Moving out of sell-side research

First of all, I feel immensely lucky I snuck myself into equity research without graduating from a non-target school (I did work in auditing for two years and have a CPA, working on CFA lvl 3 now). I started a month ago at MM brokerage firm doing transportation research. The sector is very interesting for me because it is not a hot sector and I figure that if I am good at picking good stocks in a capital intensive industry,

However one month into the job, I feel that I am just an excel/powerpoint monkey. There are so much to the job on a day to day basis that are either client
based or compliance-based. For example, every time the analysts go on trips I
had to update the marketing book. Also, every time the analysts speak with a buy-side guy or media or go on a trip it has to be filed to compliance. Basically, what I want from the job is the research/modeling aspect to it, but the BS part of job, which can take up hours at a time, doesn't seem to go away b/c experienced associate analysts are doing them too. I feel that I can probably learn more about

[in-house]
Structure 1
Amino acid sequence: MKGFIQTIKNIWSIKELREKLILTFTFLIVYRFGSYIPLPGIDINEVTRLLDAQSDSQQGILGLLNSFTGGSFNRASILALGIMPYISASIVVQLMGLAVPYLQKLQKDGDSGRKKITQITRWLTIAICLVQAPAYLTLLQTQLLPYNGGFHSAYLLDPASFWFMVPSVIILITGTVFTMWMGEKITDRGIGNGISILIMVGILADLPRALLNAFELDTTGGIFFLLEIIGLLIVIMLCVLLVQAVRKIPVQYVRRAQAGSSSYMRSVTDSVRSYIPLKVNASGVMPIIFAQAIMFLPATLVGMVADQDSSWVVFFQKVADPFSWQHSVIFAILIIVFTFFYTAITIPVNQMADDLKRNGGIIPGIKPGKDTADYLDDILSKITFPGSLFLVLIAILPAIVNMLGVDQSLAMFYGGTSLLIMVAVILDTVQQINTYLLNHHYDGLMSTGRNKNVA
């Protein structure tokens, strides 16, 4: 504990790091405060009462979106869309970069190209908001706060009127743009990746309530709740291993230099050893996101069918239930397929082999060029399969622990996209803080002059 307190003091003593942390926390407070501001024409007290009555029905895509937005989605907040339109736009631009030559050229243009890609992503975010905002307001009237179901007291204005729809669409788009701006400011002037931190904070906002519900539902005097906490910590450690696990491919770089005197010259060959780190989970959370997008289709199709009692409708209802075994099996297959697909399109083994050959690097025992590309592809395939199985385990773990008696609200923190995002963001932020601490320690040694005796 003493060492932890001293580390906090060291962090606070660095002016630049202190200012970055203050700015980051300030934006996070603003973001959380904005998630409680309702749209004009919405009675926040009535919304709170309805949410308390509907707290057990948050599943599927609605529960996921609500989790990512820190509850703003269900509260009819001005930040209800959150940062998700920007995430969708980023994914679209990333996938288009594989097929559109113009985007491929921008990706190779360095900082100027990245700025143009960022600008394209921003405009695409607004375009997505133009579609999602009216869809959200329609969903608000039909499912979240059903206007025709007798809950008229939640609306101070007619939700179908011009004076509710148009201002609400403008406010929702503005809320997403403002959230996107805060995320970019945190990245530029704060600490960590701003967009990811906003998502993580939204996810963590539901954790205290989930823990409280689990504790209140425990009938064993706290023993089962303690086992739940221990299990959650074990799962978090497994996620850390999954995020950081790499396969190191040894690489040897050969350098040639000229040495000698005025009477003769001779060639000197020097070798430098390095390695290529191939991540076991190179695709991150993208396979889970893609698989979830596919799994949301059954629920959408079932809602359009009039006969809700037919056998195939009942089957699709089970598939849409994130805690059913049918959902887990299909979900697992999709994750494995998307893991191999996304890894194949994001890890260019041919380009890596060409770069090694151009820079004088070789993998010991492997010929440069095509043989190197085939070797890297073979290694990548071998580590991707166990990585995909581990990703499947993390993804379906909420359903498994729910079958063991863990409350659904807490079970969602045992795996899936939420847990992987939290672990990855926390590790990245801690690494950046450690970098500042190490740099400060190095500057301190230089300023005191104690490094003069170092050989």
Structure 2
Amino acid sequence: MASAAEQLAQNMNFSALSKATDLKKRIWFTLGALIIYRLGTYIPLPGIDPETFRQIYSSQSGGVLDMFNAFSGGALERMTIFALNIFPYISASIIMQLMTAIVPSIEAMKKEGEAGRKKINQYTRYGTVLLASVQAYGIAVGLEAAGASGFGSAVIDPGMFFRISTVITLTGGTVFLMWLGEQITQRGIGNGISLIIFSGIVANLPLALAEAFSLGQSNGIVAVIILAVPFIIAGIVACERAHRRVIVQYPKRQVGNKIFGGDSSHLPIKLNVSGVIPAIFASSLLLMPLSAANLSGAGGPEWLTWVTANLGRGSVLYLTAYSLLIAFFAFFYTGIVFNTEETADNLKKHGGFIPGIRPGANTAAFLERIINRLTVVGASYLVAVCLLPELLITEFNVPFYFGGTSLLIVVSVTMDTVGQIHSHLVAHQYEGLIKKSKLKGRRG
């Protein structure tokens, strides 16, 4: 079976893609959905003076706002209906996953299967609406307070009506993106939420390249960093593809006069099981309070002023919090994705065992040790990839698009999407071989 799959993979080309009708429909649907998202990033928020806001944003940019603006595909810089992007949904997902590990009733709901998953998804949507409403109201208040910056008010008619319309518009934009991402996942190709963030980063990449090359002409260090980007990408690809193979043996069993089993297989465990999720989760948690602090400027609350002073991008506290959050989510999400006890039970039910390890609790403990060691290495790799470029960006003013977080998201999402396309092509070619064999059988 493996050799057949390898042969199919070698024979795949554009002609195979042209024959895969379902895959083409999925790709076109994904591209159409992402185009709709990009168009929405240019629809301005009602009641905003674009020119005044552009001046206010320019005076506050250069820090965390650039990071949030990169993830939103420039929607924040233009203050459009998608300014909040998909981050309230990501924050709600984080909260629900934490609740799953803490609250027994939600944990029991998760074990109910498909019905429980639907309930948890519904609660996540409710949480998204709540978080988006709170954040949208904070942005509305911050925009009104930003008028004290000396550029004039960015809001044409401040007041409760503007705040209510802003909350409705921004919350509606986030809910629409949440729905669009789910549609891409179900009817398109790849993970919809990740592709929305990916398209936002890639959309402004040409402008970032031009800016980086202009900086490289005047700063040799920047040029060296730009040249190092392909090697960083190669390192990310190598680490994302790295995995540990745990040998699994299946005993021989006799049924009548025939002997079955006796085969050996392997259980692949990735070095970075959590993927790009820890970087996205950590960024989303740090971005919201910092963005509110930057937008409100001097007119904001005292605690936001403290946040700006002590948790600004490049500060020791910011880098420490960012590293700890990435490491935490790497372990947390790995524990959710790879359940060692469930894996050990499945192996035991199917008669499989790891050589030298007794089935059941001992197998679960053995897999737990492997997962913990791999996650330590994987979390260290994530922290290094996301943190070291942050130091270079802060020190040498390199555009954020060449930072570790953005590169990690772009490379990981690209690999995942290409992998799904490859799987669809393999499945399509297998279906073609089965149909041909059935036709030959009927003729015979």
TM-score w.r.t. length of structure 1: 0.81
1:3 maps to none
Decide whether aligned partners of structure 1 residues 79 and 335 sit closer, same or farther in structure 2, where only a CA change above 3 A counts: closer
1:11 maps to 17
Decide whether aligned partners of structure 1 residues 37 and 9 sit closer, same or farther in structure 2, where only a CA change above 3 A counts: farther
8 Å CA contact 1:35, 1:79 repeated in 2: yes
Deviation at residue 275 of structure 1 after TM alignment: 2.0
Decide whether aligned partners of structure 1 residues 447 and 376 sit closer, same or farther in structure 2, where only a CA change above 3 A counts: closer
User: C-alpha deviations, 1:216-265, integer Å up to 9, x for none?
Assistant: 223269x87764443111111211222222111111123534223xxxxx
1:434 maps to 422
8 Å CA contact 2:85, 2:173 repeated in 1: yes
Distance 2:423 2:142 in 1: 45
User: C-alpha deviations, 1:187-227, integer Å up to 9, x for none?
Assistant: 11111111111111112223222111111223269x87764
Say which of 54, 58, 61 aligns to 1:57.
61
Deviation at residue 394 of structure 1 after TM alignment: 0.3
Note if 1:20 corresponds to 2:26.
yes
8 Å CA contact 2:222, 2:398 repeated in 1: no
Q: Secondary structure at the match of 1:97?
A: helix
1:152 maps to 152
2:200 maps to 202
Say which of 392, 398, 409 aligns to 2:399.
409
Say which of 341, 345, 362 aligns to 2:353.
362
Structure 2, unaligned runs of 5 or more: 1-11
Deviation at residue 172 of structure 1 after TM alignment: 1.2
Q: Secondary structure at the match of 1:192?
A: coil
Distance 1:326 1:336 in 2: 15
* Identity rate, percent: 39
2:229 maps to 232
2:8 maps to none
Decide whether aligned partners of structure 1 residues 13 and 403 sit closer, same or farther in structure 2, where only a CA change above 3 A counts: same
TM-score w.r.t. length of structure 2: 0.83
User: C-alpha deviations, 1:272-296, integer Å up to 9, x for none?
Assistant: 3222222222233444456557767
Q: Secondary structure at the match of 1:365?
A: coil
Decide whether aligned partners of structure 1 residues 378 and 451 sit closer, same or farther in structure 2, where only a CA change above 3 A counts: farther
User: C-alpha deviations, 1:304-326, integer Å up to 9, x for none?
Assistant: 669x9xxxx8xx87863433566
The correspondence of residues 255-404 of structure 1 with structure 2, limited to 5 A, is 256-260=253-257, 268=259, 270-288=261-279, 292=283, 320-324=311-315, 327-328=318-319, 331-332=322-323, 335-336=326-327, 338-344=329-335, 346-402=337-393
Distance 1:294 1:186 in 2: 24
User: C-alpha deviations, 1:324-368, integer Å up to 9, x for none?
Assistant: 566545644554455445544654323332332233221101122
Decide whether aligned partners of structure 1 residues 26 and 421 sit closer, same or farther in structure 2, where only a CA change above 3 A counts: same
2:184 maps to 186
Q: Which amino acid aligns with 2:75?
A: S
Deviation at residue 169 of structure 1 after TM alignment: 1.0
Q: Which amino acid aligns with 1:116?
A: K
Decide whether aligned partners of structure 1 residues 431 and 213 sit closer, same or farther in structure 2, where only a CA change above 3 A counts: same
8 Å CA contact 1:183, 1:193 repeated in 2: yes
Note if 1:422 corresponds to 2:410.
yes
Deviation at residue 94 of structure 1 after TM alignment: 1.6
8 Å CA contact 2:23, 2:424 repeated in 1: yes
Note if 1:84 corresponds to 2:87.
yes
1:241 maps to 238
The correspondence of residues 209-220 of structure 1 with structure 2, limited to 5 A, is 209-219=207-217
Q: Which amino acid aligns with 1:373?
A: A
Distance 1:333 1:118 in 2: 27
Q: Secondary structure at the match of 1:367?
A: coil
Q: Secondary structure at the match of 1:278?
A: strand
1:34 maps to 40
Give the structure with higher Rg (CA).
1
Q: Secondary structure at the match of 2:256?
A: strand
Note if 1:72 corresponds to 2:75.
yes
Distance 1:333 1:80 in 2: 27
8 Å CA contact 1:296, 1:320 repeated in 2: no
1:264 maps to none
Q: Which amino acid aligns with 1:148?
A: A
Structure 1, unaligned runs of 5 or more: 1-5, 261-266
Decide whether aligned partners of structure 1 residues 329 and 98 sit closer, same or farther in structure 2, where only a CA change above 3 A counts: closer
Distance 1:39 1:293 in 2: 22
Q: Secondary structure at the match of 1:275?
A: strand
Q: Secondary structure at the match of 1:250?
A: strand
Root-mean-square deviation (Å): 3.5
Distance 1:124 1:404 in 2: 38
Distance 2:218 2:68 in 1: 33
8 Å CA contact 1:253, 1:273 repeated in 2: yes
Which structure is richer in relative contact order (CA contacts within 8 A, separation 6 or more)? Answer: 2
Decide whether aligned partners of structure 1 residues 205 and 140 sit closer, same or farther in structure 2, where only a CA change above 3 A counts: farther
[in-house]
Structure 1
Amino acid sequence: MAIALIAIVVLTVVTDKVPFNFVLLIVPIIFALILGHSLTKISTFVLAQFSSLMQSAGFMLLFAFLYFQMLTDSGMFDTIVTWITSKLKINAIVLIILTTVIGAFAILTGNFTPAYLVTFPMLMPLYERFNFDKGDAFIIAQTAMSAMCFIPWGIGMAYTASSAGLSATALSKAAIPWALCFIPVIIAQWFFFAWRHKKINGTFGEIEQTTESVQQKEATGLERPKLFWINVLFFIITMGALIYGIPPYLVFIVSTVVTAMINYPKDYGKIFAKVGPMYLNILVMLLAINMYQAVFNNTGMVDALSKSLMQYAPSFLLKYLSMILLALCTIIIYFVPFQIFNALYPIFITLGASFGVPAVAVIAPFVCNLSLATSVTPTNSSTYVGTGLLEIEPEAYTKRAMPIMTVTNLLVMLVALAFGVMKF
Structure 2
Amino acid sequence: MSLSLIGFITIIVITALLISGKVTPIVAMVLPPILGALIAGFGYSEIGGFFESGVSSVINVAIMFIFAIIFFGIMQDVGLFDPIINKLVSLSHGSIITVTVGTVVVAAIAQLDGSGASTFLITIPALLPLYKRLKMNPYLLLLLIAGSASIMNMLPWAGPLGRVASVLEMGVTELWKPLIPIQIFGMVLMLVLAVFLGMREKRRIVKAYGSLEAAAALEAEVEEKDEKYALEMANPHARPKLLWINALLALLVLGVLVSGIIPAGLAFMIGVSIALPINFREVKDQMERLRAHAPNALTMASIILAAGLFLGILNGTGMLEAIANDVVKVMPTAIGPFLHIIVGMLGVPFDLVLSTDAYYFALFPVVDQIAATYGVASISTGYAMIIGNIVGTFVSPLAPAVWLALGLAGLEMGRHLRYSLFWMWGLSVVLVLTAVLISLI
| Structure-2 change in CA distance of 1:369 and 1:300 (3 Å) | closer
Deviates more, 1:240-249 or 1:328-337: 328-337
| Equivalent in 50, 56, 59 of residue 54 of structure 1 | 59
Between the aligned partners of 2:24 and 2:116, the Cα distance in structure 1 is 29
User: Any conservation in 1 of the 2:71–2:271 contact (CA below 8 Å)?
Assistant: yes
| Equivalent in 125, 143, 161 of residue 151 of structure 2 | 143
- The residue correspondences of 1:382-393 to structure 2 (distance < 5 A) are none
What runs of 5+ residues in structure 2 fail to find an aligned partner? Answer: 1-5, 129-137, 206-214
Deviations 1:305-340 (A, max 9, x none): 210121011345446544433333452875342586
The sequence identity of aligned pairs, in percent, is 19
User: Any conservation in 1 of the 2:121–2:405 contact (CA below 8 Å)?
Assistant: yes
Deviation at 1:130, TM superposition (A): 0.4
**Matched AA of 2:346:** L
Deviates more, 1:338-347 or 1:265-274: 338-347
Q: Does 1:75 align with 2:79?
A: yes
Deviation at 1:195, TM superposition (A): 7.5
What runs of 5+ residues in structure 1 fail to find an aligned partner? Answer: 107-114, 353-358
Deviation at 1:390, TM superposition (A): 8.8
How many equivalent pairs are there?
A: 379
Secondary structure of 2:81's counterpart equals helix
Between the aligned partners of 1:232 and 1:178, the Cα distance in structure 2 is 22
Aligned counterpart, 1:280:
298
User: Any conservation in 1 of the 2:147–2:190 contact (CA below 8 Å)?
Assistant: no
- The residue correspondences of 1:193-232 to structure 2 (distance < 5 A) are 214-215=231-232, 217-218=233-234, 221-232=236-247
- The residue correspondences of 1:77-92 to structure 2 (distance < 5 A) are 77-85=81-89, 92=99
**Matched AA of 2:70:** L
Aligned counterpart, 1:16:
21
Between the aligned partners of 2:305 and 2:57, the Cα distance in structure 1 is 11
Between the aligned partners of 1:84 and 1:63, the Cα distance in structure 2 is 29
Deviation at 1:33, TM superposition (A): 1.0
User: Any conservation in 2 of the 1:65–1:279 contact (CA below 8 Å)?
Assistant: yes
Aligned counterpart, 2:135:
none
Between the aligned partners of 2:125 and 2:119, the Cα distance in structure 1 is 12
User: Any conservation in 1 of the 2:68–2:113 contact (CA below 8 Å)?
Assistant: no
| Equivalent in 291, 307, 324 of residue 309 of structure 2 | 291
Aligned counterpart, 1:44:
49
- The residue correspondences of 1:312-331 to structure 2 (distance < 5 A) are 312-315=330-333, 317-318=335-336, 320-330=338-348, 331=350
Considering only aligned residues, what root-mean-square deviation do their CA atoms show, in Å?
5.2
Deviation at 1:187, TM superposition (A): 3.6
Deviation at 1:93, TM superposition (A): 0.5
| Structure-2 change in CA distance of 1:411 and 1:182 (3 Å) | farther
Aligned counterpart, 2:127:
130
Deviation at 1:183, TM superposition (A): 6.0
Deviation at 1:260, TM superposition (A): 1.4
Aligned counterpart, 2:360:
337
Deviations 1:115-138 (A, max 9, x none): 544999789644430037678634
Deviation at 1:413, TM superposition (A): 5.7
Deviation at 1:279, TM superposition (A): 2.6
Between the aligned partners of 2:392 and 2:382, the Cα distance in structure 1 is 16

stocks if I am just paid to read 10-k's all day and write a
report on the company once a week.

For now, since I just started a month ago, I am holding out the hope that the goodies will come later. At the same time, I want to educate myself about the exit opportunities so I can adequately plan for them. My goal is to learn every stock we cover (45 so far) by heart within two years, make my own picks, and use them as stock pitches when a buy-side shop is interested in my service. I don't mind the hours, but I want to use my time meaningfully.

I am wondering if I have the right mentality.

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Comments (4)

Sep 18, 2012 - 8:54am

You don't have the right mentality. This is a good job out of college. Just learn as much as you can. They're paying you to accomplish certain tasks. You can do what you need to in order to learn as much as possible....usually, that is not spoon-fed to you.

Everybody starting out has to do a bunch of shit work. At least you are in an environment where knowing more is valuable. Try to develop some independent insights and share then with the senior analyst. Start with small things and see how receptive the analyst is to your insights. You might want to give that some time though until you understand things better. Often, insights are best expressed as questions when you are young.

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